Dion Medina, a student at Tarrant County College in Fort Worth, Texas, read and responded to the online YES! Magazine article, “This Artist Collects Your Worst Fears and Turns Them Into Something Great.”
In this story, Julie M. Elman shares how she created The Fear Project to help her cope with her own fears. That project soon grew to help others, too. Elman takes people’s stories—their actual words—about what they fear, and uses art to visually interpret those fears. Her vibrant, multi-media collages articulate what we’re afraid of or dread, and make them acceptable, tangible, and part of everyday life.
Writing Prompt: What is one thing you fear about your future? How can you lessen that fear?
“Chronic Pain.” Illustration by Julie M. Elman
In May 2007, I joined the United States Army at the age of 19. I played sports my entire life and was always active. I loved to work out, hike, run and swim, so the military was a smooth transition for me. My passion to stay physically fit drove me to receive many awards and recognition throughout my eight years of service. I participated in military-style triathlons where I often won first place, and graduated from rigorous military training programs in the top percentile.
Then one day my entire life changed. In January of 2014, I was diagnosed with a disease called avascular necrosis. This disease slowly disintegrates parts of the bone, like the hip and shoulder. The causes of avascular necrosis range quite a bit, but the end result is the same. Blood flow to these sections of bone are either dramatically decreased or cut off completely. The lack of blood flow causes the bone to slowly die and eventually collapse if left untreated. This disease causes extreme pain for whoever is plagued by it.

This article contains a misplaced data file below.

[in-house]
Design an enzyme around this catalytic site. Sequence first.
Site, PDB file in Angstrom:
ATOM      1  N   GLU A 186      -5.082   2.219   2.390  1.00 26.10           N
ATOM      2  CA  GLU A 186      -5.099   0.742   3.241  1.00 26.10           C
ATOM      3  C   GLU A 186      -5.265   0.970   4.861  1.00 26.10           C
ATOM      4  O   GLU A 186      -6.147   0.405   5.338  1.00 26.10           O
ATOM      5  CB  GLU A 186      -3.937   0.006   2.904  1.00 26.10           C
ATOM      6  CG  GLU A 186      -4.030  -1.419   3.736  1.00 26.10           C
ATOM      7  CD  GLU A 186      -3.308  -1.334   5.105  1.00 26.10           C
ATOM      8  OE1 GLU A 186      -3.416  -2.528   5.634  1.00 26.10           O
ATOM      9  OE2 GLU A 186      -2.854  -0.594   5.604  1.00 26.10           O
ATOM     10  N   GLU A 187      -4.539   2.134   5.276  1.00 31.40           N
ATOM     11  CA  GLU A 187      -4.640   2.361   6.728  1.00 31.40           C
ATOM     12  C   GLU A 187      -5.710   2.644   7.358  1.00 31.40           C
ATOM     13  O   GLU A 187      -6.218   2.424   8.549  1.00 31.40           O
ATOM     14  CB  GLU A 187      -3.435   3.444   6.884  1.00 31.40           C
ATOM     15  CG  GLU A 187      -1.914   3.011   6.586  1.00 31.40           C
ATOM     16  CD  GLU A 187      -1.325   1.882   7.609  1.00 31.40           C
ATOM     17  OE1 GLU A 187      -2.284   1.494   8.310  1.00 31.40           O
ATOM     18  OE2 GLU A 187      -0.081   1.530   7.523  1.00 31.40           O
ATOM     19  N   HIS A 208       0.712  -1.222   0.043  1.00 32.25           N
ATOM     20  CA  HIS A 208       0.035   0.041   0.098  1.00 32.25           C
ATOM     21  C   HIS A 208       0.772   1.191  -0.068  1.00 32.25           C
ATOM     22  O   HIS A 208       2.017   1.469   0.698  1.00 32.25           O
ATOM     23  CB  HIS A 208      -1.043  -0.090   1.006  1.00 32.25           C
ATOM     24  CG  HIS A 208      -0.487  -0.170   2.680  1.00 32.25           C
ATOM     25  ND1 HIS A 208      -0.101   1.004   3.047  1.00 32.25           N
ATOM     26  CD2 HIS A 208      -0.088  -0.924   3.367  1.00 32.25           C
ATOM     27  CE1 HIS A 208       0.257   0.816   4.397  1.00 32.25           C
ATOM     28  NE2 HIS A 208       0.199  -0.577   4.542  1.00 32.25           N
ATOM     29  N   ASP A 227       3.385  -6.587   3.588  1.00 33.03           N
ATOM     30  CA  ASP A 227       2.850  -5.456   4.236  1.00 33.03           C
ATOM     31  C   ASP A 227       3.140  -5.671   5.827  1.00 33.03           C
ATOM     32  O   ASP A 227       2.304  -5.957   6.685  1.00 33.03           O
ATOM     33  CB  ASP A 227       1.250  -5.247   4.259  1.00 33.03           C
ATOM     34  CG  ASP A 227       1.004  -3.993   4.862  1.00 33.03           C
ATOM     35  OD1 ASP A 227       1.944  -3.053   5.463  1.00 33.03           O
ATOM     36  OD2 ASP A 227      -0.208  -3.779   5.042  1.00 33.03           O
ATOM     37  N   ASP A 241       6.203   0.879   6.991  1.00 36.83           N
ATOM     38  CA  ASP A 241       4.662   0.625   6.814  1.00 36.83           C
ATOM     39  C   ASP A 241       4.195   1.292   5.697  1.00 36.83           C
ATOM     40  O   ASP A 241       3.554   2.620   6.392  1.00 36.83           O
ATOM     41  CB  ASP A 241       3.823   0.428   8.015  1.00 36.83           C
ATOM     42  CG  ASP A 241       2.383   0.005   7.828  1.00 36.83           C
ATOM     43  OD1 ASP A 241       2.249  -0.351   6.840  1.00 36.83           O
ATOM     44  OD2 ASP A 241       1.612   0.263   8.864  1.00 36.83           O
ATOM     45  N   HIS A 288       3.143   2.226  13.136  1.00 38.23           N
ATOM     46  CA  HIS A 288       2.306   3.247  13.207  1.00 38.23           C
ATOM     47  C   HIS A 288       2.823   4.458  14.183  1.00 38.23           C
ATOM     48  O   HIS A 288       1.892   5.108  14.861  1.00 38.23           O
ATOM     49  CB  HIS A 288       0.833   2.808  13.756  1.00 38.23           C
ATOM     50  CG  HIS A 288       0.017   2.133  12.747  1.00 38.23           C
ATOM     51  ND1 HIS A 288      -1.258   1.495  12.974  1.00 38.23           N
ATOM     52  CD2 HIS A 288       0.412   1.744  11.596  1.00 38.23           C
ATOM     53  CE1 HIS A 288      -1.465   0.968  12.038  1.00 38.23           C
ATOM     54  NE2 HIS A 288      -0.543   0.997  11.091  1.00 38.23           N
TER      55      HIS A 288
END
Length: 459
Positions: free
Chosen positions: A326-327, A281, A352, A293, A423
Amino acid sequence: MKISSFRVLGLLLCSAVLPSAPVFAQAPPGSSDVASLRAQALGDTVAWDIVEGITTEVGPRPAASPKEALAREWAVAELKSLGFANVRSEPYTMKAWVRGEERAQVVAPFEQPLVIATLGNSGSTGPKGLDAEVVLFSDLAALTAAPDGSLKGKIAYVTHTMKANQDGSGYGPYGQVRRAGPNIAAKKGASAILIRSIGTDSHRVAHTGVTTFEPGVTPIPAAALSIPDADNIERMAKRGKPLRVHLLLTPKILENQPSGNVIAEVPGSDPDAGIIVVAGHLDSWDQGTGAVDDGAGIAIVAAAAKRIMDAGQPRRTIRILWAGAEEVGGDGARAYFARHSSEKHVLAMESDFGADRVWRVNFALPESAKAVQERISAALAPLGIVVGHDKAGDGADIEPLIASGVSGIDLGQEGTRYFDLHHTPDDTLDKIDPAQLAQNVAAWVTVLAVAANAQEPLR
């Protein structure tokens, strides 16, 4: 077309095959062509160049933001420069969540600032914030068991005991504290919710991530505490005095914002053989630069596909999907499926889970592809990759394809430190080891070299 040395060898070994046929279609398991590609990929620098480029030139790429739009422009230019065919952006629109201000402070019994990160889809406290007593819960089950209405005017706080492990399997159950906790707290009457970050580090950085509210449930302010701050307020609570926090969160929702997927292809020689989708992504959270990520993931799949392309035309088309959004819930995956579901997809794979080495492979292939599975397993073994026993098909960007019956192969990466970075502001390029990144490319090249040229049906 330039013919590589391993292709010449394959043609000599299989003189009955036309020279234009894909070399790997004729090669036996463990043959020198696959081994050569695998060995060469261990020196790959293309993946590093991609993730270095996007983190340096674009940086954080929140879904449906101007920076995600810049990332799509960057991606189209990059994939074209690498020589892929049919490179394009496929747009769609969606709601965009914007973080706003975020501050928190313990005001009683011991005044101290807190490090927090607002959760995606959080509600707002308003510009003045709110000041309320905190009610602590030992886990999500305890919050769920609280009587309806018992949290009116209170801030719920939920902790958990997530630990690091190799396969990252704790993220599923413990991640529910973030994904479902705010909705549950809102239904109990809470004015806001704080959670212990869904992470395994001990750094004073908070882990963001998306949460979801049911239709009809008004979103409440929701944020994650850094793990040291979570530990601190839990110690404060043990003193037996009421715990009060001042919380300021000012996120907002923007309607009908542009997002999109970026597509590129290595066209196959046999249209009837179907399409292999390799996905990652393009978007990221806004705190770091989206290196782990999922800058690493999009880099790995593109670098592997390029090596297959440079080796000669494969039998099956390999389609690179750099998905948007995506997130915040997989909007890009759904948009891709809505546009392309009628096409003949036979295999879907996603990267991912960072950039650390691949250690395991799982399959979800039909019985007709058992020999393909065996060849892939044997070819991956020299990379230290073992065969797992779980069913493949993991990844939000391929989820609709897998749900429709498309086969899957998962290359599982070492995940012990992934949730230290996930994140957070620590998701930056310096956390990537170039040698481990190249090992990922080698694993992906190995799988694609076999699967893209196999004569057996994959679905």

I’ve battled avascular necrosis for every breath of my life since January 2014. Every action of every day has become a debate on if that activity is worth the pain that will inevitably follow. I quickly realized how this disease completely derailed my entire life. Activities I once took for granted, like taking my dog on an afternoon walk or sitting through an entire movie without having waves of pain wash over me, have become something I could only experience in a far-fetched dream.
Then came the pain medication, which I happily embraced. I would do anything to get away from the pain, to feel somewhat normal again, but this relief came with a price. I now have to choose between a day of pain or taking my medication and being so sick and drowsy that I can’t get out of bed. This pain relief has become a double-edged sword. One side is an escape from painful misery, and the other side is a path to addiction and sickness that almost makes life not worth living.
So what exactly am I afraid of? I’m afraid that I will have to face the rest of my life like I have faced every minute of every day for the last two years. Am I doomed to live the rest of my life in chronic pain? I’m afraid that I will never be able to play a backyard game of football with my kids, take them on a hiking adventure, or teach them how to ride a bike. I’m afraid that there is no escape from this horrible cycle of pain. I’m starting to forget what it felt like to be normal. This pain has changed me into a man I do not recognize anymore.